Today it’s World Photo Day, marking the invention of photography. Here’s to the photos that gives us new perspective on the world, bringing us closer together.
The date behind World Photo Day originates from the invention of the Daguerreotype, a photographic processes developed by Joseph Nicèphore Nièpce and Louis Daguerre in 1837. On January 9, 1839, The French Academy of Sciences announced the daguerreotype process. A few months later, on August 19, 1839, the French government purchased the patent and announced the invention as a gift “Free to the World”.
It should be noted that the Daguerreotype wasn’t the first permanent photographic image. In 1826, Nicèphore Nièpce captured the earliest known permanent photograph known as ‘View from the Window at Le Gras’ using a process called Heliography.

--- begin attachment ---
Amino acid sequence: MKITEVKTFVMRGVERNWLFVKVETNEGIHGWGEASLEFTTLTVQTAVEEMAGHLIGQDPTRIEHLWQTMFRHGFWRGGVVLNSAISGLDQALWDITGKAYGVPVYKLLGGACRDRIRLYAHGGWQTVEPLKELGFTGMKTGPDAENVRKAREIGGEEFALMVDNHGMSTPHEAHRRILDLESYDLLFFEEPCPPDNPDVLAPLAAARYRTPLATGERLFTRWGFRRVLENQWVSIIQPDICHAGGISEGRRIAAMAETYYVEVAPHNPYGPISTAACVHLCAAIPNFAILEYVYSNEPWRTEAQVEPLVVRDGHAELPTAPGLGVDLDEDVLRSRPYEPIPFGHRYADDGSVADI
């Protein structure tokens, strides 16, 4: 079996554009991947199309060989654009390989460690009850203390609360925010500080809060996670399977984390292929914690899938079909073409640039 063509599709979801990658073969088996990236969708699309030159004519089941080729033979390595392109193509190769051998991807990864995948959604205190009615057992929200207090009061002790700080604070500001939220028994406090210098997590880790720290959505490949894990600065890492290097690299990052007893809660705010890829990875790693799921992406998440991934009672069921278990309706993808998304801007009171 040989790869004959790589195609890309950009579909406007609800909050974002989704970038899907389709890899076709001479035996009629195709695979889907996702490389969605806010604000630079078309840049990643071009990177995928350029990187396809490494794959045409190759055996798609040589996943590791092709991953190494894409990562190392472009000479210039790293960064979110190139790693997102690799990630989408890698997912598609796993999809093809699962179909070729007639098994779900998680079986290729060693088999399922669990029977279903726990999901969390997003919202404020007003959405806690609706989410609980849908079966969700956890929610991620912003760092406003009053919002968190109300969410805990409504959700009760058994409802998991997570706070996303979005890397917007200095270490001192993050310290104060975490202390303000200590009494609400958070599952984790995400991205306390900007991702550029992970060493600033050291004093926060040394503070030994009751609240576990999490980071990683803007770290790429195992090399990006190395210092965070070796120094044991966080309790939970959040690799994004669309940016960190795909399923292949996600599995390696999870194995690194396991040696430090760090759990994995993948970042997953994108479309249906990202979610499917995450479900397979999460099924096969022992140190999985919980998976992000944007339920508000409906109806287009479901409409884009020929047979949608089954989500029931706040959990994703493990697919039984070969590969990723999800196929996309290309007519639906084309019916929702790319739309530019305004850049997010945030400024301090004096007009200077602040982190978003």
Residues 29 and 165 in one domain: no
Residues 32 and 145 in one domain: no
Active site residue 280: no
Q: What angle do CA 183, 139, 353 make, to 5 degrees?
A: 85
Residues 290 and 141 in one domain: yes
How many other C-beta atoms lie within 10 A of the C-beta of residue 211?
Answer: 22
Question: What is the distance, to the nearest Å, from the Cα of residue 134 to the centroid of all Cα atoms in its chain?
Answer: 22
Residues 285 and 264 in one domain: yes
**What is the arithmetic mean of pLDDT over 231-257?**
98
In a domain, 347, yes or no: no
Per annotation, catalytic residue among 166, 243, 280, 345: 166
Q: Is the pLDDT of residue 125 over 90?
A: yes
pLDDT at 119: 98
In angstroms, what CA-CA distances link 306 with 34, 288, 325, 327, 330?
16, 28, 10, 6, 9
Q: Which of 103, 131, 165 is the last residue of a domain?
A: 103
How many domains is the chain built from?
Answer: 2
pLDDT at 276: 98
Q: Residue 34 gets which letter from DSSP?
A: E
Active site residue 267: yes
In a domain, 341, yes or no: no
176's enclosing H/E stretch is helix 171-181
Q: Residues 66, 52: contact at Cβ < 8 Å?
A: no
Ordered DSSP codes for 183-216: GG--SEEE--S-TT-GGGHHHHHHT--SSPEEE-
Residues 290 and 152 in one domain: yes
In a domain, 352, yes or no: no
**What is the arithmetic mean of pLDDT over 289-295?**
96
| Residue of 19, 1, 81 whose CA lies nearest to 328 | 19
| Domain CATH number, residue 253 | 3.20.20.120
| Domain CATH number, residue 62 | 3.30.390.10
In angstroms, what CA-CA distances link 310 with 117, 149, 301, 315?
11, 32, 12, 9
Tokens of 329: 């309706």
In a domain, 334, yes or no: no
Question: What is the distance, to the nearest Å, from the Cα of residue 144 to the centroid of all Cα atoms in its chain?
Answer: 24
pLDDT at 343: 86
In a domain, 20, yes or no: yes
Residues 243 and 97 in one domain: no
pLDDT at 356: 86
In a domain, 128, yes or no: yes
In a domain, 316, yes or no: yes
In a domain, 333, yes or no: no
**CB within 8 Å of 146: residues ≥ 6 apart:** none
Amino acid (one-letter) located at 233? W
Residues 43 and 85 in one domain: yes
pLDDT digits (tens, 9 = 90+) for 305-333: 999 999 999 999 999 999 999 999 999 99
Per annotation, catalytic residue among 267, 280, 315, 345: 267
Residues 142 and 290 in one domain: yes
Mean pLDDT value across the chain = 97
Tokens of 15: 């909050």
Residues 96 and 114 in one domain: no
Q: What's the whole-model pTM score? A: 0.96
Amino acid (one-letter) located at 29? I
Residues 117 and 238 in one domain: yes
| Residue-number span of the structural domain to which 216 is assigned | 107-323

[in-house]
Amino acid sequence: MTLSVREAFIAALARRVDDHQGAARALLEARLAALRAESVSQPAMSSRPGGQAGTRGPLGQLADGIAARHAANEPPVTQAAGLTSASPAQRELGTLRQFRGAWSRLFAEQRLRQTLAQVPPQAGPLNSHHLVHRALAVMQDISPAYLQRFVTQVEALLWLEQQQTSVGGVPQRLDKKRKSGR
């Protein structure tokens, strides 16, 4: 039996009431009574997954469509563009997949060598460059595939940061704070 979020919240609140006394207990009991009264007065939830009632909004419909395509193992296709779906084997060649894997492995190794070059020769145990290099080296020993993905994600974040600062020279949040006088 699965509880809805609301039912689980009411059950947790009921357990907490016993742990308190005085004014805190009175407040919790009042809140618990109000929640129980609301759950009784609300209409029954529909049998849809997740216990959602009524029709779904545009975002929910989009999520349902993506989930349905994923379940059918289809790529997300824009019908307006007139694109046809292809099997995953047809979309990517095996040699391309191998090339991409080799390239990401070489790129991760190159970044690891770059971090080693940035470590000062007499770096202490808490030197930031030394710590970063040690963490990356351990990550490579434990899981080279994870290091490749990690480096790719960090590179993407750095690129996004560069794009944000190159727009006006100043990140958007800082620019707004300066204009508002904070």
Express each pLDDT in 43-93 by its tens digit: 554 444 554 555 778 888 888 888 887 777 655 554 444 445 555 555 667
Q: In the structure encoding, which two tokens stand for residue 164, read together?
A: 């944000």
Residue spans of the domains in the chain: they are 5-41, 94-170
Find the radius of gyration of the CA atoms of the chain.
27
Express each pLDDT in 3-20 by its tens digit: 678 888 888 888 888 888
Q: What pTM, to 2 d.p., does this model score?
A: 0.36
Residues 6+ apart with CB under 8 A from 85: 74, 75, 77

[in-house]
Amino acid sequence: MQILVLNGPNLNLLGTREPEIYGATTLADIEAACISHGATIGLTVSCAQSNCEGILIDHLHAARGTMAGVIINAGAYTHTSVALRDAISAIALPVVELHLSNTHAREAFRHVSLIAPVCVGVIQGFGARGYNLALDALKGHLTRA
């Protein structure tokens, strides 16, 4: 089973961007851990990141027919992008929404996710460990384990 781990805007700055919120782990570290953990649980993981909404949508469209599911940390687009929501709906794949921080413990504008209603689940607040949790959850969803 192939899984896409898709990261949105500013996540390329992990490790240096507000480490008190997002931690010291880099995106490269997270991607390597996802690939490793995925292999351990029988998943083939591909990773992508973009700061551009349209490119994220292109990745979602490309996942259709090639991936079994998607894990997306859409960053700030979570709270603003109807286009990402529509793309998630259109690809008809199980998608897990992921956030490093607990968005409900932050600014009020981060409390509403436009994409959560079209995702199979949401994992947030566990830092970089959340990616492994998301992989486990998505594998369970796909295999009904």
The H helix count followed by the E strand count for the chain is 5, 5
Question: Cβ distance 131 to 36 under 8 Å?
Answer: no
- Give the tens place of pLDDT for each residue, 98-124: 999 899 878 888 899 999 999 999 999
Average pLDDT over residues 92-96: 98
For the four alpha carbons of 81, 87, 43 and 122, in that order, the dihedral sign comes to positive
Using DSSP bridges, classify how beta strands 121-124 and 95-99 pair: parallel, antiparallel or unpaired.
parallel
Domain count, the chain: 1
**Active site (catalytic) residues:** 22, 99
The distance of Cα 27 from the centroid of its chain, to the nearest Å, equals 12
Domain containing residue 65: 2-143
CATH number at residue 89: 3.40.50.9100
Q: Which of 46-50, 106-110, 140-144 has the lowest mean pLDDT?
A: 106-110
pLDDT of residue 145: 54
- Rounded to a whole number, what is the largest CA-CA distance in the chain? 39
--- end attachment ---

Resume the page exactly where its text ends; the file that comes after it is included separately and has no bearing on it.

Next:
August 19th, 1839 was chosen as the date behind World Photo Day based on the following historical merits:
– The Daguerreotype as the first practical photographic process.
– The purchase and release of the patent by the French government.
More info on World Photo Day here.
To celebrate this day, I’m sharing 2 photos of the same place, ‘Thor’s Well’ in Oregon, but captured by 2 photographers; Kyle DeWitt (read my interview with Kyle here) and Gary Fua. Thor’s Well, near Cape Perpetua, a dangerous but beautiful hole, also known as Spouting Horn, is estimated to be about 20 feet deep.
Have a wonderful World Photo Day! 🙂